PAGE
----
kicks i've been on lately
- Podcasts, especially Coverville, The Secrets of Harry Potter (hosted by a Catholic priest in the Netherlands), Music75, Carte Postale de... and New Christian Manifesto.
- Anything with avocados
- Playing the "Find Futura (the font) in Everyday Items" Game
- Reading while going nowhere on the stationary bike at the gym
- India (as in longing to travel there)
- Swimming in the morning before work
- Lime green
- Circles
- Lime green circles
- Raspberry lemonade (I've been on a raspberry-anything kick for the past year and a half and recently discovered this wonderful twist on the classic summer drink)
- Get Fuzzy
- Mascara
- Kaluha drizzled over vanilla ice cream


vroom vroom
The Great Car Hunt begins today, two months earlier than planned. Thursday evening found me pulling off the 101 into a Shell station, smoke billowing out from under my hood and a foreboding green liquid practically flooding from beneath the front of the MomMobile. After fixing the A/C this spring, I had vowed to not dump any more money into the van. If I'm going to be paying $400 for it to go for another two months, I might as well be making car payments on new (-to-me/used) car. So now I'm off. Go go gadget car finder!


the post you would have seen thursday, had our internet connection been functioning:

and now that that's done
The following albums have been uploaded or updated:
Damon's Wedding
Boating in Portland
Portland Chinese Garden
Portland Wine Country
Viviane Swims
Random (friends)
Random (other)


and now, the rest of the story™Paul Harvey
The weekend was wonderful -- completely free of 95+ temperatures, and full of reunions with good friends and family. It was weird to see my younger cousin, Damon, up there, taking his vows. He and I used to be really close, giggling in the back of the van on the way to family reunions, making jokes about how the Denver airport looked like an upside-down sow. And there he was, in front of the church, crying as he exchanged his purity ring for a wedding band while the minister led him and his new wife, Michele, in their vows. Some people may giggle at the sight of a young man tearing up at the thought of pure love, but I think our culture has forced men to put on a "tough guise" because we expect them all to Rambo-like "tough guys." That's so sad that we expect guys to close up against emotions like those Damon was experiencing.

At the reception, they held the "Money Dance," where you pay to have a spin around the dance floor to send the merry couple away with a financial boon; I danced with Damon and for a moment it felt like we were as close as we had once been as kids. Then he asked if I was close to doing this. "Doing what? Dancing?" I asked. "No, silly. Getting married. Are you ready for the man God has chosen for you?" And I felt a million years younger than him right then. "Oh no!" I said before catching myself.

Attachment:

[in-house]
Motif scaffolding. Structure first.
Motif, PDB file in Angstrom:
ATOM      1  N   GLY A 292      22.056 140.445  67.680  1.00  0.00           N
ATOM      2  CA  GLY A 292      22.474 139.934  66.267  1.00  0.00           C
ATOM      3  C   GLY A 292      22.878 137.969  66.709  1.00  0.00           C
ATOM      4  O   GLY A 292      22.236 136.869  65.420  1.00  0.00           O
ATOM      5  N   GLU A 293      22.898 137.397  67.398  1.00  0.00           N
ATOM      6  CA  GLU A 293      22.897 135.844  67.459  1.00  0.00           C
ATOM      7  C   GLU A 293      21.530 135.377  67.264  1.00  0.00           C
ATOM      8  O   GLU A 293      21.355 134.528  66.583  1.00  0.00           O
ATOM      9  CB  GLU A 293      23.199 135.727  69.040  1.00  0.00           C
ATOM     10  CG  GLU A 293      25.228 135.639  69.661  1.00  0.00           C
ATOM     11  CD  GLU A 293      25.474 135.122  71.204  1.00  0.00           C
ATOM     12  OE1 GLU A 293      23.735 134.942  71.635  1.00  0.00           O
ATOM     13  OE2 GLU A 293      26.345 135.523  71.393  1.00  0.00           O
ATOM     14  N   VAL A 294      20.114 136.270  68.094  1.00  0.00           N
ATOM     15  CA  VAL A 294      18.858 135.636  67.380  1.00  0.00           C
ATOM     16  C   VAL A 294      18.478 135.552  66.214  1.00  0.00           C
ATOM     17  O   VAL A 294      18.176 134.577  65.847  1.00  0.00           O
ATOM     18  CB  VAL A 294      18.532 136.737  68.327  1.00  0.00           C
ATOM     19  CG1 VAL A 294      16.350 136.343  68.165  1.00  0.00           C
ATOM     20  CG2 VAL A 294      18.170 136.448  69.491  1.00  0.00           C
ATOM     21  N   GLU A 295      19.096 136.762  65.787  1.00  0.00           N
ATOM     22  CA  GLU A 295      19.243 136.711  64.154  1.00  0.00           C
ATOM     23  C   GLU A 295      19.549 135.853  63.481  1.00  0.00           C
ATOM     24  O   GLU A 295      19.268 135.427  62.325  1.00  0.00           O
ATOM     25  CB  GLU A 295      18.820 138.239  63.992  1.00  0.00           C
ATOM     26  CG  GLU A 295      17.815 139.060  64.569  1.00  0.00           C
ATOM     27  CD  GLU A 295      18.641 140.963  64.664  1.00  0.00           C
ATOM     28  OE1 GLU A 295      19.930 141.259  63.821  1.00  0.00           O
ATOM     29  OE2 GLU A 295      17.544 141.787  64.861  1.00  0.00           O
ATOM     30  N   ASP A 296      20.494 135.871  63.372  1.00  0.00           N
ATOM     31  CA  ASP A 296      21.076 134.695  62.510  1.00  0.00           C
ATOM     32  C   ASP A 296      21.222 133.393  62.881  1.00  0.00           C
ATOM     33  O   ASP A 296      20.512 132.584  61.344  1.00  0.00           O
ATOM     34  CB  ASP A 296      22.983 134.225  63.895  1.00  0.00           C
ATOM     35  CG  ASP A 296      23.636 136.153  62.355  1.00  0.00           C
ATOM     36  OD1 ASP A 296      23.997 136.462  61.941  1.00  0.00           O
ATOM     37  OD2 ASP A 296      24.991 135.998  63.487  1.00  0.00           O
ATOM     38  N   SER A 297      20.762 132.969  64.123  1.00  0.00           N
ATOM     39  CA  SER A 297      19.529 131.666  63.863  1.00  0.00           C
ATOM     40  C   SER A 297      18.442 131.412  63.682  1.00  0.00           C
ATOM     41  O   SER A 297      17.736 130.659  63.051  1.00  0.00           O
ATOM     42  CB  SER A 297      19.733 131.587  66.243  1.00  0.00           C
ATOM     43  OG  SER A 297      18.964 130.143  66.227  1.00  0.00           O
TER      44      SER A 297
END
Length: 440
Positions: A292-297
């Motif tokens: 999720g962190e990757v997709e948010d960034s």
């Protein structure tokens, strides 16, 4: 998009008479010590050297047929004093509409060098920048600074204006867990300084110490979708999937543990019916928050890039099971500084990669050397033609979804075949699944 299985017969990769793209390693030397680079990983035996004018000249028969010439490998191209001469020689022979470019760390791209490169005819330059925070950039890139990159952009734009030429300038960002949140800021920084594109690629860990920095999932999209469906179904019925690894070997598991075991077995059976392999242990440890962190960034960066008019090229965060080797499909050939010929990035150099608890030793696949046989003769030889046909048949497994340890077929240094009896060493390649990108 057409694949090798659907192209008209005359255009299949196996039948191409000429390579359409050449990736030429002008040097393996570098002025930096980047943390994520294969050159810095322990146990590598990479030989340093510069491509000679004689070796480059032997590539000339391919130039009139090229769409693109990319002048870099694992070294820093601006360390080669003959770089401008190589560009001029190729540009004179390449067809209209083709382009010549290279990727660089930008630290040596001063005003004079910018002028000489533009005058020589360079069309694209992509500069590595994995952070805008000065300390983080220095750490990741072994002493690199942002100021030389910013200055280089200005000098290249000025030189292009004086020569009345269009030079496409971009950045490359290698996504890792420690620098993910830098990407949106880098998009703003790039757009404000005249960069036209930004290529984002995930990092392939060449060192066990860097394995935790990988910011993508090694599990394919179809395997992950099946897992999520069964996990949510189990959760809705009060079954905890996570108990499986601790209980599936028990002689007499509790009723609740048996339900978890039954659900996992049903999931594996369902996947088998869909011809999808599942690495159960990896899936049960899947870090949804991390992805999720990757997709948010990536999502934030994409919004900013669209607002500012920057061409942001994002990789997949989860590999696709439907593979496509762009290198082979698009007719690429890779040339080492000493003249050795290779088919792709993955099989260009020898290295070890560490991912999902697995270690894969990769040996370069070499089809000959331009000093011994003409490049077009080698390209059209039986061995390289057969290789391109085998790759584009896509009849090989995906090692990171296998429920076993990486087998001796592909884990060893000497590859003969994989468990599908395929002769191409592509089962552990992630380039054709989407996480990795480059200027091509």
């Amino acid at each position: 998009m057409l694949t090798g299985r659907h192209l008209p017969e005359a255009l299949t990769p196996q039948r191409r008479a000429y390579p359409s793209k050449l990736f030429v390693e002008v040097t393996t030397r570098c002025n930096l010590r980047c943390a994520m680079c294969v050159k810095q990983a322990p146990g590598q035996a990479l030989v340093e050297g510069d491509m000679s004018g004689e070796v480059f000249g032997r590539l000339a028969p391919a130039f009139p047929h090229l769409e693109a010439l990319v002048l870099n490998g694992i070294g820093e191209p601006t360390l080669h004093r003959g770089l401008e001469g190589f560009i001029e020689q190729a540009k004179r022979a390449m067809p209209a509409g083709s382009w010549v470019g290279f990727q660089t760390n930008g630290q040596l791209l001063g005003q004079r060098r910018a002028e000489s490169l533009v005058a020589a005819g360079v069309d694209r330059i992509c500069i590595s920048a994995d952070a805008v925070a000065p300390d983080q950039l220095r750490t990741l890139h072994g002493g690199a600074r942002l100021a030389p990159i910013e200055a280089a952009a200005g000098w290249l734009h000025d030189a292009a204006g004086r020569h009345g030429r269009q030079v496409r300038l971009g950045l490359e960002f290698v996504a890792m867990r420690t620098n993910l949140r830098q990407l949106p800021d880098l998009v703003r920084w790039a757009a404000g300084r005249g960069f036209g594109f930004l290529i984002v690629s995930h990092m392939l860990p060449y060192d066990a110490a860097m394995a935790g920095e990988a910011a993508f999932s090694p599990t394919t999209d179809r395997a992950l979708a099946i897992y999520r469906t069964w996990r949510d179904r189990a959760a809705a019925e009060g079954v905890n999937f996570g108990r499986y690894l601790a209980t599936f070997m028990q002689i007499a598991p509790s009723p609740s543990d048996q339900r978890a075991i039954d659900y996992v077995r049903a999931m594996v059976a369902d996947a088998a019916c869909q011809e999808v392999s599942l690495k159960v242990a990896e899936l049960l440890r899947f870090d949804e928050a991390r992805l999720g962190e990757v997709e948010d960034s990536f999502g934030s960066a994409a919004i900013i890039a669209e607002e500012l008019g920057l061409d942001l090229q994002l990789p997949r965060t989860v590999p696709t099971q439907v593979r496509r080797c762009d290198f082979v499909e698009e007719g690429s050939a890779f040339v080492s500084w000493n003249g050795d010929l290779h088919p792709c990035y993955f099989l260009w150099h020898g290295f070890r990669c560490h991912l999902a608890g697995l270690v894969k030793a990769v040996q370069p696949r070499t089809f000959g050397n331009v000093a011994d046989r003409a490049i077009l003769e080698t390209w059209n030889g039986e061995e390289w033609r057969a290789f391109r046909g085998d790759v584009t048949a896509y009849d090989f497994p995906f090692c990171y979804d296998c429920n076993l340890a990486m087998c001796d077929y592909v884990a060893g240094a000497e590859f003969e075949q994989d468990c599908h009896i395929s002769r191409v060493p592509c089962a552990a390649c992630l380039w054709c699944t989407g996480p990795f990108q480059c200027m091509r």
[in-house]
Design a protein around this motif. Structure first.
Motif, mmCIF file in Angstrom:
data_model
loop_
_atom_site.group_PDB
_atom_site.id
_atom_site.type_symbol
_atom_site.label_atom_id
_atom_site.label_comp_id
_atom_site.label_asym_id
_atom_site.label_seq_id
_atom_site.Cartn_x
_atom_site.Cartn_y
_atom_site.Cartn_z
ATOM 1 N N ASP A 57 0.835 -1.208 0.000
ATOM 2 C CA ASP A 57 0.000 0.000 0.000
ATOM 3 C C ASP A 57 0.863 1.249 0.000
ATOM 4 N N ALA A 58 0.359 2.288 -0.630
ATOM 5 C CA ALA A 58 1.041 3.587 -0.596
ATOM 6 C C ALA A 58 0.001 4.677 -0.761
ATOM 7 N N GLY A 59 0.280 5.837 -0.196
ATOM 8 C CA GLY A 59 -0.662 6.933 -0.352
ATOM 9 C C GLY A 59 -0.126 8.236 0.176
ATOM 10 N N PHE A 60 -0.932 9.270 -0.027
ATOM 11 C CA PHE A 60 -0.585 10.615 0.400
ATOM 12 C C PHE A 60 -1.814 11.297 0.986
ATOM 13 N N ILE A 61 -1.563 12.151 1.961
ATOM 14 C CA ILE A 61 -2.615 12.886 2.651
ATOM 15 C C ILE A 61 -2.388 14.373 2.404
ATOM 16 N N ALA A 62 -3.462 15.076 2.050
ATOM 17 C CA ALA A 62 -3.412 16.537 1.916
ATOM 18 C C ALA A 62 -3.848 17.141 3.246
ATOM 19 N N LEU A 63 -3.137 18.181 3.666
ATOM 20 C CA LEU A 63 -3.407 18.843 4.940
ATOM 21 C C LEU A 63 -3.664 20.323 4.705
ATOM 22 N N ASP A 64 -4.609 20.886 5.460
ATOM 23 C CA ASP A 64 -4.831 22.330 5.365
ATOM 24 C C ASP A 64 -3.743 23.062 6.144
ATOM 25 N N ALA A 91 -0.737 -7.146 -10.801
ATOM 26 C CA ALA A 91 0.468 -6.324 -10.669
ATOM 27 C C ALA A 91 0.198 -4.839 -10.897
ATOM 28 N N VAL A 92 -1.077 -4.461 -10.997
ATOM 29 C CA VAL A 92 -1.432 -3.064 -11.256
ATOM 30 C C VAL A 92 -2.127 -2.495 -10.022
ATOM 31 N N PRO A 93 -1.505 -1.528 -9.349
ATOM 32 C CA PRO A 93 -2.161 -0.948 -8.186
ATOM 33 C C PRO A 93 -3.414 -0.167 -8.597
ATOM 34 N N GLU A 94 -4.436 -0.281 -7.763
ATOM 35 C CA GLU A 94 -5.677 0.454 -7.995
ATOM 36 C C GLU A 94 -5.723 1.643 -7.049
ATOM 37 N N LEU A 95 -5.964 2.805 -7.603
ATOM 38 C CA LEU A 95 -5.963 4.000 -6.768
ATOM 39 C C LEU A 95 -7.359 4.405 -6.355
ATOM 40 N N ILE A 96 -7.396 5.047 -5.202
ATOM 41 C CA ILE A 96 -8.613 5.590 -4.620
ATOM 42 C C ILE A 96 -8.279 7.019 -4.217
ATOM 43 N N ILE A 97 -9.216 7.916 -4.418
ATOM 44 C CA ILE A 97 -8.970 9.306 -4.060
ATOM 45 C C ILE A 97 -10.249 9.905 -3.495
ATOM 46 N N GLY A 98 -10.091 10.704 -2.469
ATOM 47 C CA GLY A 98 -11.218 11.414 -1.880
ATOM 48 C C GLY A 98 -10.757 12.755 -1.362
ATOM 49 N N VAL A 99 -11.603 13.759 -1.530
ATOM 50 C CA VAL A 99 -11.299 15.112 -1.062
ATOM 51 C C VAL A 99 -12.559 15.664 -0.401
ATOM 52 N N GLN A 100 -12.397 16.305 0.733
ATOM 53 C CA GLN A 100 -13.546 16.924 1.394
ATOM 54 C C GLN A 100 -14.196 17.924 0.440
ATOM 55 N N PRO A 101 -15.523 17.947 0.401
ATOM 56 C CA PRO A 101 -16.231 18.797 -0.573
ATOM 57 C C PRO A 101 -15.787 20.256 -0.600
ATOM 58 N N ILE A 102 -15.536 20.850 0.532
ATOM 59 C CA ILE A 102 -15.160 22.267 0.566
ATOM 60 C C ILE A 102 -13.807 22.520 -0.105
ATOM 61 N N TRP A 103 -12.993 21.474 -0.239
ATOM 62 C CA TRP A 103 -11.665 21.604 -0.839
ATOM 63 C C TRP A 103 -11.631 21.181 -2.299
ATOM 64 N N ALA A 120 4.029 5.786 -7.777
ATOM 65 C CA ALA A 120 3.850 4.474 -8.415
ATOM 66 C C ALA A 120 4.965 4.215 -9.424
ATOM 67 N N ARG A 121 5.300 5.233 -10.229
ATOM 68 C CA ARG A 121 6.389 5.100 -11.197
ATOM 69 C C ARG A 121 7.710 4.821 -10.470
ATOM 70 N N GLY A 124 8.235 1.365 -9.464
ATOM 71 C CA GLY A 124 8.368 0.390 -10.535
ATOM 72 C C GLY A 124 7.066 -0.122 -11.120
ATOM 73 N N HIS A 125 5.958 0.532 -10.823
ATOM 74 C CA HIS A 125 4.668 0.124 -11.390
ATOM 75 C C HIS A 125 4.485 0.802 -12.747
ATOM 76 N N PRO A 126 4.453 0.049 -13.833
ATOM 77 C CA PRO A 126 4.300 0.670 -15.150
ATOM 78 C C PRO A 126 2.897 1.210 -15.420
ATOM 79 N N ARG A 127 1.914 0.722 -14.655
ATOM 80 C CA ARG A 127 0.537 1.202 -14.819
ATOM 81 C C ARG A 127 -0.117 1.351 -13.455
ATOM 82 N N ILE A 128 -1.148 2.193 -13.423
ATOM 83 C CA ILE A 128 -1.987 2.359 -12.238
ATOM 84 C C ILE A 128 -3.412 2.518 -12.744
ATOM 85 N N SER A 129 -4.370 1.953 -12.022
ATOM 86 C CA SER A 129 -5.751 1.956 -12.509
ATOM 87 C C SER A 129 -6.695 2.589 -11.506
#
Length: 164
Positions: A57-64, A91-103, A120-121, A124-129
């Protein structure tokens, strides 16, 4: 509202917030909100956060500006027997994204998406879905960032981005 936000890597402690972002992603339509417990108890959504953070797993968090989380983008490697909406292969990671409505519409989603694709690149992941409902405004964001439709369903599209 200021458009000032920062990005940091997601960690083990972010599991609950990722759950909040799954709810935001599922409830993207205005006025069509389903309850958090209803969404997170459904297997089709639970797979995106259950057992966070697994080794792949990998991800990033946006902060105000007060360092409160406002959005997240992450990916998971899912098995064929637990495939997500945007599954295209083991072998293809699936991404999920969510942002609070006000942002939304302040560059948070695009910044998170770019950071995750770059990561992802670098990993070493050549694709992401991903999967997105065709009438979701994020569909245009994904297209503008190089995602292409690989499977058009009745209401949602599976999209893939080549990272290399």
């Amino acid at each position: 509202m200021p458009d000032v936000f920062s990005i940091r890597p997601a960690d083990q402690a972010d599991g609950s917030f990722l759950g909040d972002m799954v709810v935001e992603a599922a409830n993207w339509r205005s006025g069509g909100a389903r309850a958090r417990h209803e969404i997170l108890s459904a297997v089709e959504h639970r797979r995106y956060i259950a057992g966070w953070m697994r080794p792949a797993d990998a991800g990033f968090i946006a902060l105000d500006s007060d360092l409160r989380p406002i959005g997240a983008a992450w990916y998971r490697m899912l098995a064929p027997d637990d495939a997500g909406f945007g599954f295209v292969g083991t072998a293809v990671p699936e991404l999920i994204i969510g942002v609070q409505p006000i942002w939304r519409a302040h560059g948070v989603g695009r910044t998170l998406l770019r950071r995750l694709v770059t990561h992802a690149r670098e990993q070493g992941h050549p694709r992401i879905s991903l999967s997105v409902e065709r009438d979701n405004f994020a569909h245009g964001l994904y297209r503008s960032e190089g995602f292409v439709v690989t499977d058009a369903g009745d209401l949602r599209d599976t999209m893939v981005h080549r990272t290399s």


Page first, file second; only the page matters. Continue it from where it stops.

I need to work on my cynicism. I'm very excited for my friends and family who have gotten married and engaged lately (God knows there are a ton of them this year), but when it come to myself and love, I have a hard time envisioning that it's anywhere near yet. I don't think that's necessarily a bad thing. All in good time. But it gets hard when people keep asking whether there's a man in my life and I keep on giving the same answer, "My dad is all the man I need right now." Not hard as in I'm discouraged, because I really don't feel like I'm anywhere near ready to have a serious relationship. But hard as in frustrating that it seems that other people think I need to be ready.

Whew. That got personal. Anyways...

ready for HP7
Finished Half-Blood Prince last night. I'm ready for Book 7 and looking forward to the discussion with the FHNGBCBC.


obligatory dateline post
PORTLAND, OR - It is my last day in Portland. Having come here for my cousin Damon's wedding, it was a great chance to kill three birds with one stone, you might say: we stayed with my mom's best friend Sarah and her son, Adam, whom I hadn't seen since our sophomore year of high school; and I got to spend an entire Saturday with Scott. This afternoon, Sarah is taking us on a tour of the wine country, and of course we'll be stopping by the vineyards to do some tasting. Mom's plan is for Sarah to "pour us onto the plane, and we'll be sober when we land!"

the book
Thanks to Dan's suggestion, I stood in a line that wrapped the circumference of an entire city block for an hour and a half at Powell's City of Books (the largest independently owned bookstore in the country) to purchase Harry Potter and the Half-Blood Prince. I promptly came home and fell asleep on page 16. Horrors! I'm half-way through it now, no spoiling it for me in the comments, folks!